Nissan Warns Drivers: Don't Put Mobile Phones Near Our Keys

from the well-that's-one-way-to-stop-driving-while-yakking... dept

Nissan is going around warning a bunch of US drivers of either the Nissan Altima or the Infiniti G35 to be careful with their mobile phones. However, it's not, as you might expect, about driving while using those mobile phones. Nope. It's about keeping those mobile phones away from the car keys that open and start the cars. Like many newer cars, these cars use a wireless key system. Unfortunately, they're discovering that mobile phones receiving calls while in contact with the keys can scramble the electronic code on the keys... making them into useless paperweights. This would seem like a pretty big problem -- and simply telling drivers to keep their phones away from their keys isn't likely to work very well, considering phones and keys very often end up together in people's pockets or purses.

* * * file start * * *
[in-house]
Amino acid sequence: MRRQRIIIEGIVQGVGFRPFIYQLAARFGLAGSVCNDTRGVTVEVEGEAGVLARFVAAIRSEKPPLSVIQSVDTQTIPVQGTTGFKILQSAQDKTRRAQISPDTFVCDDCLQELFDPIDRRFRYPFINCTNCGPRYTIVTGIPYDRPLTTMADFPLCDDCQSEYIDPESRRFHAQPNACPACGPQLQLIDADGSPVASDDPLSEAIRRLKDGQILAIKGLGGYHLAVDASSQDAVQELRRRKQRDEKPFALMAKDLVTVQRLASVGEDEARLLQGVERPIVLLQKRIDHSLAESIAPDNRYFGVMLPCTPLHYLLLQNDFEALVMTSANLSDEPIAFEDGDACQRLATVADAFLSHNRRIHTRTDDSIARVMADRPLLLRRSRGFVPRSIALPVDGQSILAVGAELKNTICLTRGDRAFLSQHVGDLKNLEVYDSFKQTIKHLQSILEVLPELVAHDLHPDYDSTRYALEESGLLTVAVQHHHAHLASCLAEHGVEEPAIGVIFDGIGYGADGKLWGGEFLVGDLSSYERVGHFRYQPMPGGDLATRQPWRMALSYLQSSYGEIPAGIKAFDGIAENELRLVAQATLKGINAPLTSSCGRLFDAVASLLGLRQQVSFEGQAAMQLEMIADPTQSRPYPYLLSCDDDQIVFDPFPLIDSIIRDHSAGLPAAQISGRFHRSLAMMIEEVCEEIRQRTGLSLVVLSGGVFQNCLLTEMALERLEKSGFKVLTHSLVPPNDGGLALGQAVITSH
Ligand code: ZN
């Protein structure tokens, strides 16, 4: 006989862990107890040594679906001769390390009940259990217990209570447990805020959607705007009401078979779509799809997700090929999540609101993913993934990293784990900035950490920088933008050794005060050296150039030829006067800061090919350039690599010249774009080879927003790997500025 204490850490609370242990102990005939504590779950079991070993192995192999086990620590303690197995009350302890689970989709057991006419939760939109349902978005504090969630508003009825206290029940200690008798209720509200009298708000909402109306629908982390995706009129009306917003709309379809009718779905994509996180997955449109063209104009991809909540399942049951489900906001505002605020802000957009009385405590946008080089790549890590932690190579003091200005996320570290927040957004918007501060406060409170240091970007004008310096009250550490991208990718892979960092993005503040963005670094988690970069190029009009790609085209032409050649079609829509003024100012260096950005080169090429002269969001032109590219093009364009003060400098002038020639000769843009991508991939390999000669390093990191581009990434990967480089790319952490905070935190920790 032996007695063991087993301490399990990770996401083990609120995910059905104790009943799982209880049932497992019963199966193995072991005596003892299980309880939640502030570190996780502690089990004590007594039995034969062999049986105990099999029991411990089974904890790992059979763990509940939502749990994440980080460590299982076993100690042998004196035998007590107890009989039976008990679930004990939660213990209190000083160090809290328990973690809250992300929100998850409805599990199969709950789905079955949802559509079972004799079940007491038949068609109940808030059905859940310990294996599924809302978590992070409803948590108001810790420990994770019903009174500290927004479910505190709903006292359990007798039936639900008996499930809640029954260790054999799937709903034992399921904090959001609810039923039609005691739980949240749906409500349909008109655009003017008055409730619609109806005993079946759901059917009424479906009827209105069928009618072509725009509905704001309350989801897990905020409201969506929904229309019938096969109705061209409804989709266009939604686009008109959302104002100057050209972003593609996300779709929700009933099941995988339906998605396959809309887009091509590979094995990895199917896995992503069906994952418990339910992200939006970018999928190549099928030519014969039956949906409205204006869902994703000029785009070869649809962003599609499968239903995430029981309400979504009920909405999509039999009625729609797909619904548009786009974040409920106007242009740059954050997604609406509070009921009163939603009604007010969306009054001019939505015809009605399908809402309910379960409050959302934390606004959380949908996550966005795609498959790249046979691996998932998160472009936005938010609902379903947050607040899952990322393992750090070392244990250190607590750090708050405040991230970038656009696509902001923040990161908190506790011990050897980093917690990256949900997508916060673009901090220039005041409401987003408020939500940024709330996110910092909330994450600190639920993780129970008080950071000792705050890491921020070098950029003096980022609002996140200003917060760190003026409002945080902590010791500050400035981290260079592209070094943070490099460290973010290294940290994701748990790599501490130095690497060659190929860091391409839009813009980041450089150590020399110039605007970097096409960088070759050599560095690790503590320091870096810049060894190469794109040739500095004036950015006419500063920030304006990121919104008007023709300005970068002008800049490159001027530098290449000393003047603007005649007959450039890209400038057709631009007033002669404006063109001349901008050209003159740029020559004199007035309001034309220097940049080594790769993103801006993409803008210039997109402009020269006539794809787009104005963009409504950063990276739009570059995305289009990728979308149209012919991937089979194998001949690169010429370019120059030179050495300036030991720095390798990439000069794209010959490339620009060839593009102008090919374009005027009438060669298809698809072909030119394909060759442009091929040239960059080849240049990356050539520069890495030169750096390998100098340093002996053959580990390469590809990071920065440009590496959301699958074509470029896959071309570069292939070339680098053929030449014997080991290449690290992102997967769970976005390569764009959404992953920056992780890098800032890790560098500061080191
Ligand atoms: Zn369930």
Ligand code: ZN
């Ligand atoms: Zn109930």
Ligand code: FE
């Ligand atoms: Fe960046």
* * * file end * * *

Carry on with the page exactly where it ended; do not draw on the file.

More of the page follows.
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  1. identicon
    Araemo, 29 May 2007 @ 5:24am

    Re: Can't you read, folks?

    Cingular uses GSM(which uses TDMA, time division multiple access, IE, instead of a constant signal from your phone, every phone in the area is given a small time slice to broadcast on, which are the pulses you hear on your speakers), which, as Avatar28 pointed out, can cause audible interference on speakers, and visible interference on TVs/CRTs. However, contrary to popular belief, CDMA(IE, verizon, which stands for Carrier division multiple access, IE, different frequencies, so instead of short, high-data pulses, it uses a constant stream of less pulses, which is less noticeable on other equipment.) phones don't use significantly LESS power(though CDMA does allow finer-tuning of required power at every given moment, max power is a general FCC regulation, not protocol-specific.)

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